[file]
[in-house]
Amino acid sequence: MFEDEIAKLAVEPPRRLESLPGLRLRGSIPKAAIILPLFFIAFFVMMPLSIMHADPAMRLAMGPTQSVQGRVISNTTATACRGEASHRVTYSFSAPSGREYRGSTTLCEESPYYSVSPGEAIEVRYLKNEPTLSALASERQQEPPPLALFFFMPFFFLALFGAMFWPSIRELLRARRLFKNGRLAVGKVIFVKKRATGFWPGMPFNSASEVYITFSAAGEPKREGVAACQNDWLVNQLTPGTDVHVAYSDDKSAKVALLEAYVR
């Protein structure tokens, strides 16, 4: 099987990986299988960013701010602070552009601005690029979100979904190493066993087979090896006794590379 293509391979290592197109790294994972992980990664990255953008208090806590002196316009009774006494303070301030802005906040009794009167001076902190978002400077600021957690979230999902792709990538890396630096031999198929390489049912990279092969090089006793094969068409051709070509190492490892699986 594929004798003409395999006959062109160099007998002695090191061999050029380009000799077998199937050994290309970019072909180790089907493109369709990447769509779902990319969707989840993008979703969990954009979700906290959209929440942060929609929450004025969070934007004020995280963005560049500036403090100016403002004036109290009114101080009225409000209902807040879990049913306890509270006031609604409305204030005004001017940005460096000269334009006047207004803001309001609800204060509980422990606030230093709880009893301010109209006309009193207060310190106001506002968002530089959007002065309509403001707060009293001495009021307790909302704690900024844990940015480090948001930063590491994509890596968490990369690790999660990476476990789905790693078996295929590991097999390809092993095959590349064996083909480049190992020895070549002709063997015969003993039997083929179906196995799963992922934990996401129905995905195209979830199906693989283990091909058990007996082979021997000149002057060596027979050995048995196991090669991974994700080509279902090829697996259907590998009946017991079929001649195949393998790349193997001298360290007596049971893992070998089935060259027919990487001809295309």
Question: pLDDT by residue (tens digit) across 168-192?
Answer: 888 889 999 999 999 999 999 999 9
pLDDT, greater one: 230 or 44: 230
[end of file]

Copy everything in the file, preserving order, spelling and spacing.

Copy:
[in-house]
Amino acid sequence: MFEDEIAKLAVEPPRRLESLPGLRLRGSIPKAAIILPLFFIAFFVMMPLSIMHADPAMRLAMGPTQSVQGRVISNTTATACRGEASHRVTYSFSAPSGREYRGSTTLCEESPYYSVSPGEAIEVRYLKNEPTLSALASERQQEPPPLALFFFMPFFFLALFGAMFWPSIRELLRARRLFKNGRLAVGKVIFVKKRATGFWPGMPFNSASEVYITFSAAGEPKREGVAACQNDWLVNQLTPGTDVHVAYSDDKSAKVALLEAYVR
């Protein structure tokens, strides 16, 4: 099987990986299988960013701010602070552009601005690029979100979904190493066993087979090896006794590379 293509391979290592197109790294994972992980990664990255953008208090806590002196316009009774006494303070301030802005906040009794009167001076902190978002400077600021957690979230999902792709990538890396630096031999198929390489049912990279092969090089006793094969068409051709070509190492490892699986 594929004798003409395999006959062109160099007998002695090191061999050029380009000799077998199937050994290309970019072909180790089907493109369709990447769509779902990319969707989840993008979703969990954009979700906290959209929440942060929609929450004025969070934007004020995280963005560049500036403090100016403002004036109290009114101080009225409000209902807040879990049913306890509270006031609604409305204030005004001017940005460096000269334009006047207004803001309001609800204060509980422990606030230093709880009893301010109209006309009193207060310190106001506002968002530089959007002065309509403001707060009293001495009021307790909302704690900024844990940015480090948001930063590491994509890596968490990369690790999660990476476990789905790693078996295929590991097999390809092993095959590349064996083909480049190992020895070549002709063997015969003993039997083929179906196995799963992922934990996401129905995905195209979830199906693989283990091909058990007996082979021997000149002057060596027979050995048995196991090669991974994700080509279902090829697996259907590998009946017991079929001649195949393998790349193997001298360290007596049971893992070998089935060259027919990487001809295309």
Question: pLDDT by residue (tens digit) across 168-192?
Answer: 888 889 999 999 999 999 999 999 9
pLDDT, greater one: 230 or 44: 230